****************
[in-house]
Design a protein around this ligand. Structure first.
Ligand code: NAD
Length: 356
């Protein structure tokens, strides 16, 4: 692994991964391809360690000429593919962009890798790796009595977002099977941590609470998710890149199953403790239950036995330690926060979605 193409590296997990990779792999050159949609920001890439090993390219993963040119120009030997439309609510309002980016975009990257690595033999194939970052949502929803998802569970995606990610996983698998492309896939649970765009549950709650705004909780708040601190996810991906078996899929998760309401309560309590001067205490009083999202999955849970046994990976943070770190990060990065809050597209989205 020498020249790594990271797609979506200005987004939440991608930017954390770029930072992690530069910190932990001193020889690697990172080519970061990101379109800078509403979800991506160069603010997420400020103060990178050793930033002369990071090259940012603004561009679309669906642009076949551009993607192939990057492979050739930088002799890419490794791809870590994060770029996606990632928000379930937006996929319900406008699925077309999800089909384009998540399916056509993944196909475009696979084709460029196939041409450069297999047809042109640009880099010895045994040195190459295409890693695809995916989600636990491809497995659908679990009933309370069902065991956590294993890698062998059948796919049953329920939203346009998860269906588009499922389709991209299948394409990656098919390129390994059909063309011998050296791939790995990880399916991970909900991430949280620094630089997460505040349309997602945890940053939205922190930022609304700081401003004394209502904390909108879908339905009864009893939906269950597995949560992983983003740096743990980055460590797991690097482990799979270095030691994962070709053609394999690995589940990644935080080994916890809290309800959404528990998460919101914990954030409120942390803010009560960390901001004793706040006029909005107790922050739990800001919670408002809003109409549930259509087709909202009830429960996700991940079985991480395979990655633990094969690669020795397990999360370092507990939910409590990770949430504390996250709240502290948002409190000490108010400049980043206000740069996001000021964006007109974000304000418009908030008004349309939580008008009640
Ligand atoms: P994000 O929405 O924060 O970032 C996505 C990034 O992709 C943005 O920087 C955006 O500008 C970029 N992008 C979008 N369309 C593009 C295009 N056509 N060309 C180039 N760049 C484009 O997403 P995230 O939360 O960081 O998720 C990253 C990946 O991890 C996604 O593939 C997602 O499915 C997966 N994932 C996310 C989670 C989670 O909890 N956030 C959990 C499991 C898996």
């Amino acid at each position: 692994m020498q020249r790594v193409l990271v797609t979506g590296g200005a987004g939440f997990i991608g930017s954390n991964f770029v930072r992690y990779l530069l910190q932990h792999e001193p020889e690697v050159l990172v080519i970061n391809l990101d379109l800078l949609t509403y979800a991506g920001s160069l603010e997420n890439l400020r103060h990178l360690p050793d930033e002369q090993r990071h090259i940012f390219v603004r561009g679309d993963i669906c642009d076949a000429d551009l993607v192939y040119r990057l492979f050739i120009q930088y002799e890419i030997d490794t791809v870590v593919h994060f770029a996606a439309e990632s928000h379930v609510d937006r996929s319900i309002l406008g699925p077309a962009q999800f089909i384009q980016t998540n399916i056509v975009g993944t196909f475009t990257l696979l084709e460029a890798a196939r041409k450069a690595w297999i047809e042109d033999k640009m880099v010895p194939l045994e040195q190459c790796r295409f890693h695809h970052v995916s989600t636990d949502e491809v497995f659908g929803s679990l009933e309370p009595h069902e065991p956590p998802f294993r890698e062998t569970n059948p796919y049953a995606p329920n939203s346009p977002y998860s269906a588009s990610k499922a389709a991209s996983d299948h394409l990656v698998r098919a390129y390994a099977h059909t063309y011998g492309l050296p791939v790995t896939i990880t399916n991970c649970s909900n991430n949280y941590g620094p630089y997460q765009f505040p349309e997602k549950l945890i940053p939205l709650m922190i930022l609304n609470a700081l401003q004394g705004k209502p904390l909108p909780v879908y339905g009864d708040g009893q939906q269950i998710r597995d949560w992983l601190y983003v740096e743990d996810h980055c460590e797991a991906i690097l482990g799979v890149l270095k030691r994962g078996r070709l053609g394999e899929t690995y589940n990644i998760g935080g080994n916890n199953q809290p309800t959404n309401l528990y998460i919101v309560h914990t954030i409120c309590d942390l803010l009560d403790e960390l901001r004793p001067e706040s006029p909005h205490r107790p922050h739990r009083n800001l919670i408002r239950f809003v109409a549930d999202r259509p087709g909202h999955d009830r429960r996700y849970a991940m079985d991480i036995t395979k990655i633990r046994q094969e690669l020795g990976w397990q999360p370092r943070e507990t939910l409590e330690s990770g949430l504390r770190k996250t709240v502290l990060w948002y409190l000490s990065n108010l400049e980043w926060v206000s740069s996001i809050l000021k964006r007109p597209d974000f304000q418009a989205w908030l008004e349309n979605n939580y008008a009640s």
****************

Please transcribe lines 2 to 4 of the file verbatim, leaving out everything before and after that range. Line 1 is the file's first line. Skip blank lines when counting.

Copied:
Design a protein around this ligand. Structure first.
Ligand code: NAD
Length: 356